of the image. Before you can colour the light and shadows you see, you need to understand how light and shadows work as this will help you identify where to apply your lightest and darkest colours. Take into consideration the face {if it is a character} or main focus of the image as you would want to have your highlights focused on the most important parts of the image. There are a few popular ways to help you with judging where to put your light and shadows: 1. For many people it is easier to identify the light source if you physically draw it. The best way to do this is to draw a sun and its rays onto piece of acetate and lay it over your image. 2. Taking something as simple as a pen and point it directly in the line that you want to have your light source coming from. 3. Use a Lighting Guide Template - a tool used to find your light source on each area of your image. Once you have identified where your light is coming from, you can start adding colour to your image. We are looking to see where the rays of sunlight first hit the image. This is where the image will be lightest, and where you will use your lightest Copic colours. Adversely where the rays are farthest from the sun is where the darkest areas or shadows will fall. This is where you will use your darker Copic colours. The sample below demonstrates how the image shading is affected by the light source direction.

Copics Used - Hair: E21, E23, E25, E27. Dress/Ladybug: R22, R24, R29. Tights: W1, W3, W5, W7, W9 In the same way as light sources determine light and shadow on character images, it also applies to foliage. Below is an example of how light source affects how a tree could be coloured. Copics Used - Leaves: YG03, YG05, YG63, YG67, G20. Tree Trunk: E31, E33, E35, E37 The tree on the left has the light is coming from the top right, while the tree on the right has the light coming from the front. There are amazing free resources on the internet, in particular YouTube. The most important thing is to practice and play around with colour combos until you find ones that work for you. 42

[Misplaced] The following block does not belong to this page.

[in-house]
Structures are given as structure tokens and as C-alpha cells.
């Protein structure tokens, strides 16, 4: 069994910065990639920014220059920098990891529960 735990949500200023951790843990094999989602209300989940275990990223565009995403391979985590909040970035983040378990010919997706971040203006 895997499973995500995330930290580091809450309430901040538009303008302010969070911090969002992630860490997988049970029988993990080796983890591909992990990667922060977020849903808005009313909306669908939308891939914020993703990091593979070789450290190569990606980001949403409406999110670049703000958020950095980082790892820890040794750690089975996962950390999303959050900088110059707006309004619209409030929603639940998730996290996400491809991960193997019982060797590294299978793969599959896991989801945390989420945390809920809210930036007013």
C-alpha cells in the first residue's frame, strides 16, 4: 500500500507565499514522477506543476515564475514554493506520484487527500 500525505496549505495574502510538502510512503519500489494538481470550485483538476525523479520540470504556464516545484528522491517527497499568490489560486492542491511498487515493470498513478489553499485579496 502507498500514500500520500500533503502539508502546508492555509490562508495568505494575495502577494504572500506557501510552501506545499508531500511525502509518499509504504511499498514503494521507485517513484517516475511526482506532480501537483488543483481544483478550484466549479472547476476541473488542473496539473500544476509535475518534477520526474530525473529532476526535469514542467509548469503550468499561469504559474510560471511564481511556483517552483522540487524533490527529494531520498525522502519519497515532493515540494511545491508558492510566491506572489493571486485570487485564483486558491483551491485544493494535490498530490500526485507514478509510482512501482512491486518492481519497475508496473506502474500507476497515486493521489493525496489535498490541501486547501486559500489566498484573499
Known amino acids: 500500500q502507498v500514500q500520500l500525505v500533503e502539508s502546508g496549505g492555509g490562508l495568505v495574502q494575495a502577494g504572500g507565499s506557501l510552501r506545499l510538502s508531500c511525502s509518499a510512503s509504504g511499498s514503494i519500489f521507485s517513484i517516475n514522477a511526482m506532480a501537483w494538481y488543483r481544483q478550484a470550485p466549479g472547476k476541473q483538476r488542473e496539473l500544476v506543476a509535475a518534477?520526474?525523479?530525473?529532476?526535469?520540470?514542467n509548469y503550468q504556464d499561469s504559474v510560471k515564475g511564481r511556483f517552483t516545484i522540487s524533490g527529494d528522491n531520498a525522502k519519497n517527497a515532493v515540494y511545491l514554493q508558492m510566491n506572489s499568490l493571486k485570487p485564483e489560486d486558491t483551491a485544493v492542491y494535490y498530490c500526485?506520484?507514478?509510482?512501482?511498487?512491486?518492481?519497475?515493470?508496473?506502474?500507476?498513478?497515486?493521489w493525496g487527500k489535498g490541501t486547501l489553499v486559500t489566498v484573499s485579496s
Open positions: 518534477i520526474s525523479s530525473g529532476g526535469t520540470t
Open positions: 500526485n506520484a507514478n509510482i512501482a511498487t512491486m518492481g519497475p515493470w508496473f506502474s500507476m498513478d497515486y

Next time we will be looking at Advanced Skin Tones.

Recently a company called LilyPad Craft Supplies sent us a few products to review for them. LilyPad Craft supplies endeavours to fulfil all your craft supplies needs at a reasonable price and also to source beautiful and unusual pieces to make your craft making even more astonishing! We decided to use these products and do a quick mini tutorial on them, while letting you know what they were like. First up—a wooden unfinished Christmas tree. For this I used some gesso to prime it and some acrylic paint to paint it. I then decorated it with the LilyPad Wool Felt Christmas shapes. The Product The unfinished tree, complete with stand. It is a lovely light weight product that is very well finished. I love that the stand comes with it too. It is a lovely size also for home Christmas dÊcor! Step 1 I primed the tree with a coat of gesso. The coverage was brilliant on the wood so only one coat of primer was needed which was great. I then painted the tree green. I used a paint dabber and 44

opened it up to paint with a brush for a undercoat. For the second coat I used the dabber top to get some texture. Step 2 When the paint was dry I wrapped twine around the tree. You could also use ribbon at this stage. I like the rustic look of twine however.

Step 2 Time to decorate our tree! For this I used the LillyPad felt Christmas shapes. These shapes are adorable, there are six different shapes and four of each one so great selection. I used the ornament and stocking shapes on my tree. I attached them using mini pegs. You can also purchase these mini pegs at Lilly Pad crafts. To finish my tree off I used one of the felt snowflakes as a star on the top of my tree. I really loved working with this tree, it was so quick and easy to alter and it looks adorable as part of my Christmas decorations!! Unfinished Shadow Box frame The shadow box frame comes in three different sizes. I used the small one. It is a very cute size and perfect for what I wanted to do!

Step 1 Take the unfinished shadow box and separate the front frame part from the back box part. Prime with primer or gesso and then paint the colour of your choice.